BHCG-supported grant application awarded $15.9 million to improve cardiac care in Wisconsin

In the February 2012 edition of The Catalyst we reported that several provider organizations (in Wisconsin and Florida), insurers, coalitions (including the BHCG and The Alliance) and other stakeholders submitted a grant designed to improve the delivery of cardiac care.  We are pleased to announce the grant, submitted by the American College of Cardiology Foundation, was chosen for funding in May by the Centers for Medicare and Medicaid (CMS) for three years for a total of $15.9 million.  The BHCG along with several other organizations, wrote a letter of support for the grant.

The initiative, known as SMARTCare, or Smarter Management and Resource Use for Today’s Complex Cardiac Care, is designed to improve the quality and efficiency of diagnosis and treatment of coronary heart disease. Ten pilot sites, five each in Florida and Wisconsin, including  two in southeast Wisconsin, will treat an estimated 35,000 patients with potential or known coronary heart disease over the course of the three-year project.  In addition to its potential to significantly improve quality of care, the initiative’s estimated three-year savings yield in Wisconsin and Florida is more than $40 million.  If the initiative were to be implemented nationally, SMARTCare would be expected to save $1.1 to $3.5 billion a year, based on 2011 CMS data.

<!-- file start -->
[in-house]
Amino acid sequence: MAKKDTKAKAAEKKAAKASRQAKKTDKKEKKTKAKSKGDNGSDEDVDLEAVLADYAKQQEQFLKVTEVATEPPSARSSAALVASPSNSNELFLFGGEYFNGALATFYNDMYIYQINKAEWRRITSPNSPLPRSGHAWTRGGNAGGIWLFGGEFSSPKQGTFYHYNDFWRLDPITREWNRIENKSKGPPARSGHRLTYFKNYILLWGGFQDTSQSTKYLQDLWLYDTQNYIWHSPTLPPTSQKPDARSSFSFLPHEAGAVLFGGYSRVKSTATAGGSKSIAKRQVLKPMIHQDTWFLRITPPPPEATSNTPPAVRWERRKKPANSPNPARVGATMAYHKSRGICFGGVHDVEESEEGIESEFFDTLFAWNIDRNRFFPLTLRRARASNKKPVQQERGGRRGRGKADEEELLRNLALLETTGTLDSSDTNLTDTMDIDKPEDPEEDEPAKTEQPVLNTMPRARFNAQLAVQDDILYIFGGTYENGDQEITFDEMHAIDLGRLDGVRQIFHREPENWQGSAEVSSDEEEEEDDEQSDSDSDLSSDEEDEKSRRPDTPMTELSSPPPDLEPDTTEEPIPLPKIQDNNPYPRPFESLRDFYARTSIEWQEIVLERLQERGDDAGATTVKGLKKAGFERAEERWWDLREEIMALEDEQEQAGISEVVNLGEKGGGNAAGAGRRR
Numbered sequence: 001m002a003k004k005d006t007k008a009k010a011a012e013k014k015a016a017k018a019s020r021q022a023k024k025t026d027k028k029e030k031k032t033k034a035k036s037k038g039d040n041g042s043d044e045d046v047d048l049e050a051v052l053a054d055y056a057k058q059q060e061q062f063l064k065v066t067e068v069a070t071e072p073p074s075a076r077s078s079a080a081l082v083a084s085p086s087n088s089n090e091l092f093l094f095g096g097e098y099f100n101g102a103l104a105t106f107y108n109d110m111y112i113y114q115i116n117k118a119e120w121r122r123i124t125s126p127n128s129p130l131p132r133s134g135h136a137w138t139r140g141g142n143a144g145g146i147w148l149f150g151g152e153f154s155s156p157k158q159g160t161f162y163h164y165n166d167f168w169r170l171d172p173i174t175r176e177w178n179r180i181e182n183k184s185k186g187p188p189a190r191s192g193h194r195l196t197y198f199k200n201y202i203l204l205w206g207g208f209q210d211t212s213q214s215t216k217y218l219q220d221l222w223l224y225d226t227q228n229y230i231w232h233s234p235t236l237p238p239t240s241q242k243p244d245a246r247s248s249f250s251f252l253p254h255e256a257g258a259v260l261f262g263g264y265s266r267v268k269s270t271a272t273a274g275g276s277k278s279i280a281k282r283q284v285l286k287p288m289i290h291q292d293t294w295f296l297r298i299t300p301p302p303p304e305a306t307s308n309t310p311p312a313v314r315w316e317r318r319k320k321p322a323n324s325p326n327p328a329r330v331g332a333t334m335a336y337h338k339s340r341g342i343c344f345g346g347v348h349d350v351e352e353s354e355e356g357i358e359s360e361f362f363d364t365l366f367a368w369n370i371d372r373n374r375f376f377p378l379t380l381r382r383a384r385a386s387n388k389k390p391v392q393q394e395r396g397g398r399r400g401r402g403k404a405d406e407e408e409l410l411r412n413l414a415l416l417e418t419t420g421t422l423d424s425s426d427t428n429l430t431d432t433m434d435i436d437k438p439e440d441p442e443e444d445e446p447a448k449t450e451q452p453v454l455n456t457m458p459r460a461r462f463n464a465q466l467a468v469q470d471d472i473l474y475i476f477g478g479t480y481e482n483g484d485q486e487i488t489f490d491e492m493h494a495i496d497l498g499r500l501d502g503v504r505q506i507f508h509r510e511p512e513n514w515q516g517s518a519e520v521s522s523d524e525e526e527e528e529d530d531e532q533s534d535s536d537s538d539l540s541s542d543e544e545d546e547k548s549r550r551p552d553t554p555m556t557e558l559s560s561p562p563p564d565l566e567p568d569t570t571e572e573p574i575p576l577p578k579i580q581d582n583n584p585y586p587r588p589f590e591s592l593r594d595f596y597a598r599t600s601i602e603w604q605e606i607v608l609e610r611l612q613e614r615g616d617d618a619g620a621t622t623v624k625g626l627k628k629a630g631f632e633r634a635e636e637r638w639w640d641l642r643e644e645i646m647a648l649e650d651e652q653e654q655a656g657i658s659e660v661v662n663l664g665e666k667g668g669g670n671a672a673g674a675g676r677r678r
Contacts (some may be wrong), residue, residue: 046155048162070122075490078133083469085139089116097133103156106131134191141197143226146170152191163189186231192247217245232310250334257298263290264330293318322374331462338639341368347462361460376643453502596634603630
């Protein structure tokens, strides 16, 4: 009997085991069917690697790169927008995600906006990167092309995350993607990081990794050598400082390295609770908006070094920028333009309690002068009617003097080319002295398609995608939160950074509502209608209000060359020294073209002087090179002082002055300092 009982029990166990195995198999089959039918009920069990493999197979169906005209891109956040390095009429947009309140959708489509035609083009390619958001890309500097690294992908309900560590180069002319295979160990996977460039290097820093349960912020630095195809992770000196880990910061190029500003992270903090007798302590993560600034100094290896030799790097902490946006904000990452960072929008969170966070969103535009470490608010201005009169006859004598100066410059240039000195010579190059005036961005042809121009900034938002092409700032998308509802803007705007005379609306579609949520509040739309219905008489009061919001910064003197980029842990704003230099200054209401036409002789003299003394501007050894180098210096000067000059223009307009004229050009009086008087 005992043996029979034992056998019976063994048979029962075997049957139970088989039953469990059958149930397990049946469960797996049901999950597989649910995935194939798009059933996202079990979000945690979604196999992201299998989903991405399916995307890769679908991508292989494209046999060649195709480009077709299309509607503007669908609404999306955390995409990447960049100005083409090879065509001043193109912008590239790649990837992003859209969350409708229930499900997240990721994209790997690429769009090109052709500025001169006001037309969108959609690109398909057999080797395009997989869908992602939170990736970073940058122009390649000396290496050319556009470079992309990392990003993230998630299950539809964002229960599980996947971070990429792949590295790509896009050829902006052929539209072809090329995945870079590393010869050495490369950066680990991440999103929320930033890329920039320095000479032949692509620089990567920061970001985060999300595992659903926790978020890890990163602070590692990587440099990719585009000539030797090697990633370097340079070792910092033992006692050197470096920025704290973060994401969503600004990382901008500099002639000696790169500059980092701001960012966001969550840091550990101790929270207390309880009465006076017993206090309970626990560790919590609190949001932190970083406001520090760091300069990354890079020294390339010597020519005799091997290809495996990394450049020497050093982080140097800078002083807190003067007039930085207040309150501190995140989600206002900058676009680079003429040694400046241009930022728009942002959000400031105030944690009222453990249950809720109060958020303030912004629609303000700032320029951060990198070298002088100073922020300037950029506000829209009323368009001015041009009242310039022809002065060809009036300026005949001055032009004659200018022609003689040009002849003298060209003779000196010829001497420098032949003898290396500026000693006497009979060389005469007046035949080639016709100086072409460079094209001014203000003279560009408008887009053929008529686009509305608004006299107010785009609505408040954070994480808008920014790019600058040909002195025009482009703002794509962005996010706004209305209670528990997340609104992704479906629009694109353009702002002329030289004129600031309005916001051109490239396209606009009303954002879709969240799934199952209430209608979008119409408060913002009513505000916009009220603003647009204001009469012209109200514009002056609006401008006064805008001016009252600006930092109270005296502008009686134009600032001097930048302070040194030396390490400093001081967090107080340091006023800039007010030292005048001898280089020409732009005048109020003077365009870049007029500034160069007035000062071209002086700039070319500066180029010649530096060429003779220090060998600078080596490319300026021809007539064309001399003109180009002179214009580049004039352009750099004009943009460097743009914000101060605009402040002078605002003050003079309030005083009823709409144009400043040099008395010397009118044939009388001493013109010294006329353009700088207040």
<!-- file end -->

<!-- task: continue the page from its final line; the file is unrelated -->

Three physicians in Wisconsin have been leading the SMARTCare initiative for several years.  They include Tim Bartholow, the former chief medical officer for the Wisconsin Medical Society and now the chief medical officer with the WEA Trust; Tom Lewandowski, a cardiologist with ThedaCare; and Anthony DeFranco, a cardiologist with Aurora Health Care. They partnered with two cardiologists in Florida.

The goal of the initiative is improving quality, while lowering the costs of diagnosing and treating chest pain and heart disease by using new software to determine appropriate testing and surgery needs.  The SMARTCare software, utilizing practice guidelines, will be added to the electronic health record, helping to assure that the tests performed on a patient are truly necessary. Another component of the software will allow for shared decision making so patients, in conjunction with their physicians, can make the best decisions for the care they want to receive.

Quoted in a recent Milwaukee Journal Sentinel article about the awarding of funds for the SMARTCare grant, BHCG Executive Director Dianne Kiehl stated, “We need this level of physician leadership.  Physicians can make a difference.  This is a project that demonstrates this.”




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